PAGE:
Microwave processing heats up oil drill cuttings
UK researchers are looking to scale-up a microwave system to treat oil-contaminated waste from fossil fuel exploration on and offshore.
BP Exploration and British Gas are supporting the research, which is led by a team at the University of Nottingham. The technology is said to be more energy efficient and cost effective than existing thermal desorption methods, as well as providing a small, portable and modular system suitable for in situ activity on offshore rigs.
Drilling activities in mature fields, such as the North Sea, generally require oil-based muds (OBMs) for deeper well sections, high angle wells and poorly consolidated rock formations. The discharge of cuttings contaminated with OBMs can have a detrimental impact on the marine environment and are subject to stringent regulations governing their disposal.
The UK’s implementation of European legislation (OSPAR 2000/3), for example, dictates that drill cuttings discharged into the North Sea must have residual oil levels of less than one per cent in weight. Cuttings from North Sea-based rigs, however, typically contain OBMs of 15% or higher.
Researchers at Nottingham have used microwave processing to treat 750kg/hr of drill cuttings in a pilot plant, reducing oil levels to under 0.1%, which is well below the threshold for marine disposal and also applicable for onshore landfill.
Only substances with a high dielectric loss convert microwave energy to heat. The team has exploited this to selectively heat the water in the matrix. The rock fragments and oil in the mix are low dielectric loss materials, meaning they allow microwaves to pass through them with little absorption.
Professor Sam Kingman at Nottingham explains, ‘The water is in the structure of the material and the oil tends to be located on the surface. If you superheat the water, it carries the oil droplets with it as it leaves the rock’. Steam distillation then facilitates oil removal at lower temperatures, allowing the oil to be reused while the water and treated cuttings are ready for disposal.
Selective heating of the water, which is typically 10% of the mass, is said to make this an energy efficient and safer process. Current indirect thermal desorption (ITD) methods heat the bulk material. Onshore ITD systems typically employ a hollow rotary heat exchanger through which oil is passed to heat the cuttings, while offshore the mechanical energy of a friction-based system heats the waste.
The latter ‘is an expensive process to run and is not always cost effective versus shipping cuttings for onshore treatment’, explains Paul Page, Drilling Environmental and Waste Management Specialist at BP. ‘It is also difficult to install on many existing mobile drilling rigs, where space is a premium. Microwave processing opens up a much wider onshore and offshore market for the use of OBMs.’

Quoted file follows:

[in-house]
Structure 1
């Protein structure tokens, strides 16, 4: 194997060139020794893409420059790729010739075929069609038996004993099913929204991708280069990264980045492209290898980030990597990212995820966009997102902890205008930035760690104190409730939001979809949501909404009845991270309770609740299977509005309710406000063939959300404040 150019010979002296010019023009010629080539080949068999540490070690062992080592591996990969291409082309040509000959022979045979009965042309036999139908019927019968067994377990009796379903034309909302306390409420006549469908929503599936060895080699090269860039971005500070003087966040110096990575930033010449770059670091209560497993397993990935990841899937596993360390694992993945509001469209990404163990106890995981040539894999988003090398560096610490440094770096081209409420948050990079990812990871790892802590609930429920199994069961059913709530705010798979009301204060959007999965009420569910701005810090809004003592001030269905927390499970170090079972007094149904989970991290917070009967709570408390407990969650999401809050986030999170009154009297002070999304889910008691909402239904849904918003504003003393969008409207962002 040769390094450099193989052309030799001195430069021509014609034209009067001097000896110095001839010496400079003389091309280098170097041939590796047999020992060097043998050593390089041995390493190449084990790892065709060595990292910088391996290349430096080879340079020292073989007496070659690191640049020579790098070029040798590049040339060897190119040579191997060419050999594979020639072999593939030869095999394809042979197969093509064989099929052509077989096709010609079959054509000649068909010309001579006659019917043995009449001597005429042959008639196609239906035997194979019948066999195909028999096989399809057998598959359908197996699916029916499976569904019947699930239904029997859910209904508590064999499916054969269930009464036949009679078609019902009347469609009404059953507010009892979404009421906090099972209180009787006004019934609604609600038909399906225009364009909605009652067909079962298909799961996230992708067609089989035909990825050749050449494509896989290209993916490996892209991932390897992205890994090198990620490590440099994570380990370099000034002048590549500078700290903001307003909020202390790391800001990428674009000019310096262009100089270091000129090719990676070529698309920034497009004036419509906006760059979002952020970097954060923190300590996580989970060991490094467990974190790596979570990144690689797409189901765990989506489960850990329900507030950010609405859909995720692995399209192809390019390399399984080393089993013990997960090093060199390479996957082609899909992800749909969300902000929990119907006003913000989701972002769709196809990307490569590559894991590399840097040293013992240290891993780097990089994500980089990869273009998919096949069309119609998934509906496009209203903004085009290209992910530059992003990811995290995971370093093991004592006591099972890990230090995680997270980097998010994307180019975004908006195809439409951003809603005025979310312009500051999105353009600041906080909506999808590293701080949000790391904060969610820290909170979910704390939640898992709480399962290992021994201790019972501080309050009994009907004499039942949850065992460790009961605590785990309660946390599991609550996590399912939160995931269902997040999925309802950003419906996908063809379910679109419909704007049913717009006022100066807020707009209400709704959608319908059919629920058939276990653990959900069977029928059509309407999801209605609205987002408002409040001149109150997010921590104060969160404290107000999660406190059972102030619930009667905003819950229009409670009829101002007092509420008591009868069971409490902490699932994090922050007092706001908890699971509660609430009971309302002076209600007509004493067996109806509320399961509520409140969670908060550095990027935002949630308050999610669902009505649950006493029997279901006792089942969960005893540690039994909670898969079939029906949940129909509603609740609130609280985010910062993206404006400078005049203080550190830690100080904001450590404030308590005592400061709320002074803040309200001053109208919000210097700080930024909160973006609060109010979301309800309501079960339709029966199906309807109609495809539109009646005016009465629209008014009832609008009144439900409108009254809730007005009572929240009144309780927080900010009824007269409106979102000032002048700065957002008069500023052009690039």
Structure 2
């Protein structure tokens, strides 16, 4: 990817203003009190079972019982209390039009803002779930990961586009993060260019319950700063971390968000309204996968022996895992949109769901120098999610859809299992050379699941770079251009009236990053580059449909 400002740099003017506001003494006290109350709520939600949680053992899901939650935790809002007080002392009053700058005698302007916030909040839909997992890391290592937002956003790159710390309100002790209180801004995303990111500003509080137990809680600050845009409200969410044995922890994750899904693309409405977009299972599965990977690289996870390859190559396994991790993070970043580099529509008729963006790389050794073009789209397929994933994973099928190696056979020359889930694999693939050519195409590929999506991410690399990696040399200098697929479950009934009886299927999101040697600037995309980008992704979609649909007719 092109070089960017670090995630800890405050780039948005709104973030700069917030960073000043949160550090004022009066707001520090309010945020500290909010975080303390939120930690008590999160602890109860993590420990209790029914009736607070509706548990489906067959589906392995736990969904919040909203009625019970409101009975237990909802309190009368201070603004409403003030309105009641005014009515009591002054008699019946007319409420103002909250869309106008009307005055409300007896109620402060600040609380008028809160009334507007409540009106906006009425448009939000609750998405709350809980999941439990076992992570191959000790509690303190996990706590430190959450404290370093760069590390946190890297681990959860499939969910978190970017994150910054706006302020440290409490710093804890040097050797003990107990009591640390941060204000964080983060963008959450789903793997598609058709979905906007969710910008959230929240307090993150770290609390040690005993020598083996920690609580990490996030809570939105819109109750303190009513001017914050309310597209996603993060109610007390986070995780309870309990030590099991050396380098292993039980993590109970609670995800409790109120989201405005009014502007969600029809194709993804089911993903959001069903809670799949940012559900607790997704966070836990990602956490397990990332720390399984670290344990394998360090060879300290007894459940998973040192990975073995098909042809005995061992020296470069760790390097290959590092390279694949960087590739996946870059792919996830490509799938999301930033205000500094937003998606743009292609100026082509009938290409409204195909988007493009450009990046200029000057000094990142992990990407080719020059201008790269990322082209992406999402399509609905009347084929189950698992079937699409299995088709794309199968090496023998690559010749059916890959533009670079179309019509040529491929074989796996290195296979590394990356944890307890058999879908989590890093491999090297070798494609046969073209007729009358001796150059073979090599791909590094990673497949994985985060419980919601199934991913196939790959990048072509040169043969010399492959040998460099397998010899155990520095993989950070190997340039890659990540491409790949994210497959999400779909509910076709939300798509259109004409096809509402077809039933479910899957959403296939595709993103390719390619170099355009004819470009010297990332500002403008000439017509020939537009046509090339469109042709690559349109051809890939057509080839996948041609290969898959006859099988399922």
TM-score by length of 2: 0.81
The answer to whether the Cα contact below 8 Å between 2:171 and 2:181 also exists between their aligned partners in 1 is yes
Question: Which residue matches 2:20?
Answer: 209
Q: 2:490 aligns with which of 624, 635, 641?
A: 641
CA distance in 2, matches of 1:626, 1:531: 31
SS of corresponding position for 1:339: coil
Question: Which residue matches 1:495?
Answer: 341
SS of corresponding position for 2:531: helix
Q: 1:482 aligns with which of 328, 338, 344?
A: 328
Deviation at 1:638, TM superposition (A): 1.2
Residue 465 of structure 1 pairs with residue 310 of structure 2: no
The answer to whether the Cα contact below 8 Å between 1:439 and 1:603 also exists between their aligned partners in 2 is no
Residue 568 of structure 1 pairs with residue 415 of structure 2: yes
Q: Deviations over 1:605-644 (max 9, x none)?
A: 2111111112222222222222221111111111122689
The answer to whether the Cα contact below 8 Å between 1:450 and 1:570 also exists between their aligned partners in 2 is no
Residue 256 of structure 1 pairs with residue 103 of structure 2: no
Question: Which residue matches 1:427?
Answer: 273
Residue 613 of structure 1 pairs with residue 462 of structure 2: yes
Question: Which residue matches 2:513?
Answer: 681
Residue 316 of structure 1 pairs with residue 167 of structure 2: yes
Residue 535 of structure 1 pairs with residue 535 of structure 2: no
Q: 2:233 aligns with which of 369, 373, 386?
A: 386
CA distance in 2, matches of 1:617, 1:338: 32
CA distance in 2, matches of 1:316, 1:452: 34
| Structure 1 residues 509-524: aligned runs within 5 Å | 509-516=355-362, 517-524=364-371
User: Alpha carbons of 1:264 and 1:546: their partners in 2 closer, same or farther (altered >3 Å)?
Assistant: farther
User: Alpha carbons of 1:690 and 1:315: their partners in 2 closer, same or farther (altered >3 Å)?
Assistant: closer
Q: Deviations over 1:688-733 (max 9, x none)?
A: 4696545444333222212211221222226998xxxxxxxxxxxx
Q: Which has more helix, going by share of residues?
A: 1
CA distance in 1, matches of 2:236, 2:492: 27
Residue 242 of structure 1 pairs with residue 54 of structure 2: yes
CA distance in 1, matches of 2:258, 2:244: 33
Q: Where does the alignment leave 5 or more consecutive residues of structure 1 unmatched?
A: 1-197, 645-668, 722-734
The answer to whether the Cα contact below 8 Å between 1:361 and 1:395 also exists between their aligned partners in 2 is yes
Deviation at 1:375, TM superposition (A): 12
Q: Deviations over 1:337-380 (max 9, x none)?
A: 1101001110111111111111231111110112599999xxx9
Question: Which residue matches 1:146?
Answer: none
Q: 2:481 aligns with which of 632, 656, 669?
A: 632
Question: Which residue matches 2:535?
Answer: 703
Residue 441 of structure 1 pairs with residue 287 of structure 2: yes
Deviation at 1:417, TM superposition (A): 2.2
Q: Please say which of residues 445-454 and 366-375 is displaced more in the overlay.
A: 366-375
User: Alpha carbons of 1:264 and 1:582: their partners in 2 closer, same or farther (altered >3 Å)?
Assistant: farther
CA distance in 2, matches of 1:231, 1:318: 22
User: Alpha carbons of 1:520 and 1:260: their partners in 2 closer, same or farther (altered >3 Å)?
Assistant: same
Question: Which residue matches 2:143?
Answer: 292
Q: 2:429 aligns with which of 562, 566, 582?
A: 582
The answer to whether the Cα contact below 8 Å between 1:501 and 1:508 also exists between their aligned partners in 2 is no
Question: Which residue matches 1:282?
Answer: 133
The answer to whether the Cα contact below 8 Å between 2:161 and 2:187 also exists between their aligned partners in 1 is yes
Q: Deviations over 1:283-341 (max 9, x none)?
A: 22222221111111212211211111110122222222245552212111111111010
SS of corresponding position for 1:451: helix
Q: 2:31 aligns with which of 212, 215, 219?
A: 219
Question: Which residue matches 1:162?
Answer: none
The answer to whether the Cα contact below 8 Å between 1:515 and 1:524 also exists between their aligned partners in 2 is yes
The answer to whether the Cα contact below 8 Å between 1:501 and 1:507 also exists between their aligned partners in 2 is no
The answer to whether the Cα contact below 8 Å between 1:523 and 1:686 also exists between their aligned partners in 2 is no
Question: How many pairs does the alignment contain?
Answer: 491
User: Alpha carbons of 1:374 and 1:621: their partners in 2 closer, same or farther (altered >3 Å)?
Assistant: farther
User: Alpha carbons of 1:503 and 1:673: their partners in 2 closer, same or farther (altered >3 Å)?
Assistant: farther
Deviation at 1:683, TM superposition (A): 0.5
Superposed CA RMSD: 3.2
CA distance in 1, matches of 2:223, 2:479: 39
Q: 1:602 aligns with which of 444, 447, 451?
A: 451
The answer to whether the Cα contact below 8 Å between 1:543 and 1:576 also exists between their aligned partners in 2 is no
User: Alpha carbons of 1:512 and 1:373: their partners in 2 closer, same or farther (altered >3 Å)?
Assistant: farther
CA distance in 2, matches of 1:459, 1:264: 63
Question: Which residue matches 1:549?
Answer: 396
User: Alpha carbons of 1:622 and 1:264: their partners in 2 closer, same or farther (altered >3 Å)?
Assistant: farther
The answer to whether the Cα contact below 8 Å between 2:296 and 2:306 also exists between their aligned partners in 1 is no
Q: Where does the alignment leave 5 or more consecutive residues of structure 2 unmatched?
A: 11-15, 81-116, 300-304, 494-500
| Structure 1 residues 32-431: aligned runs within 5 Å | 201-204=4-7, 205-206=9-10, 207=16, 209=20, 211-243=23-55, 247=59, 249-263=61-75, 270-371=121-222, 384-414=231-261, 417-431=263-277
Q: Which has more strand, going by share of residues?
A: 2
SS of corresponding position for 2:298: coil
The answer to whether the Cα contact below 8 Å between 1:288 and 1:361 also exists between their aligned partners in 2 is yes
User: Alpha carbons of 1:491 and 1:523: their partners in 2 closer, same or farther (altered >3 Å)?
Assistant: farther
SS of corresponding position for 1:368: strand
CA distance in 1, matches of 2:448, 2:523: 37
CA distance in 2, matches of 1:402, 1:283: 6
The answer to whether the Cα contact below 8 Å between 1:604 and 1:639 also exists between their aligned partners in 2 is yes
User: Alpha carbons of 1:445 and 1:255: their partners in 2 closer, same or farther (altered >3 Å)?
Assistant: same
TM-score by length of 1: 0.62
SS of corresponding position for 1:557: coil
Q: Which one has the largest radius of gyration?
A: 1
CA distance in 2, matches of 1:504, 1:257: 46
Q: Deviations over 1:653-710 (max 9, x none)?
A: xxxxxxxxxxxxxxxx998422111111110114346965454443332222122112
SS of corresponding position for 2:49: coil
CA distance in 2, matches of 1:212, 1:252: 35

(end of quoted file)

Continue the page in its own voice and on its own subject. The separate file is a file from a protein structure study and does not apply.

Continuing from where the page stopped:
Furthermore, compared to conventional thermal processing, where energy transfer is limited by conductivity, microwave energy is delivered through molecular interaction with the electric field, enabling heating of all individual elements of the material instantaneously. Processing can therefore take less than one per cent of the time traditionally required. The energy cost, says Kingman, is about 75-80kWhr/t, depending on the water content.
He adds, ‘We want to keep the electric field as high as possible to give us the highest possible power density in the water phase. The higher the density, the more watts per metre cubed in the water and the more efficient the process due to less heat transfer’.
The fact that the base oil can be reused at the site is an added benefit. Kingman says, ‘In the conventional process, you heat the oil to high temperatures (about 300ºC), so you change the properties. But because we collect it in liquid form at low temperatures, there is little change to its structure’.
Engineering a change
Scaling up the microwave process, however, will be a challenge, requiring the collaboration of specialists in microwave and electromagnetic engineering, bulk solids handling and process engineering. Engineers at Stellenbosch University in South Africa and Greenwich University, UK, are offering their expertise.
‘One of the major challenges is to design an applicator and cavity for high value power density heating that is even across the width,’ says Kingman.
‘Another point is that the oil and water content of the cuttings will vary greatly, which means designing an applicator and cavity that allows us to process material of variable properties. The other method is to develop a way to control the feed, if necessary, by blending in dry materials (residual cuttings produced by the system) to bring down the water content and improve throughput.’
The team is negotiating with oilfield service companies to license the technology for
‘The operational system must be light, small, cheap to operate and maintain, and have a high process rate and built-in redundancy,’ notes Dominic Thomas, Team Leader in Drilling at British Gas. ‘Cost effectiveness will depend on the final design.’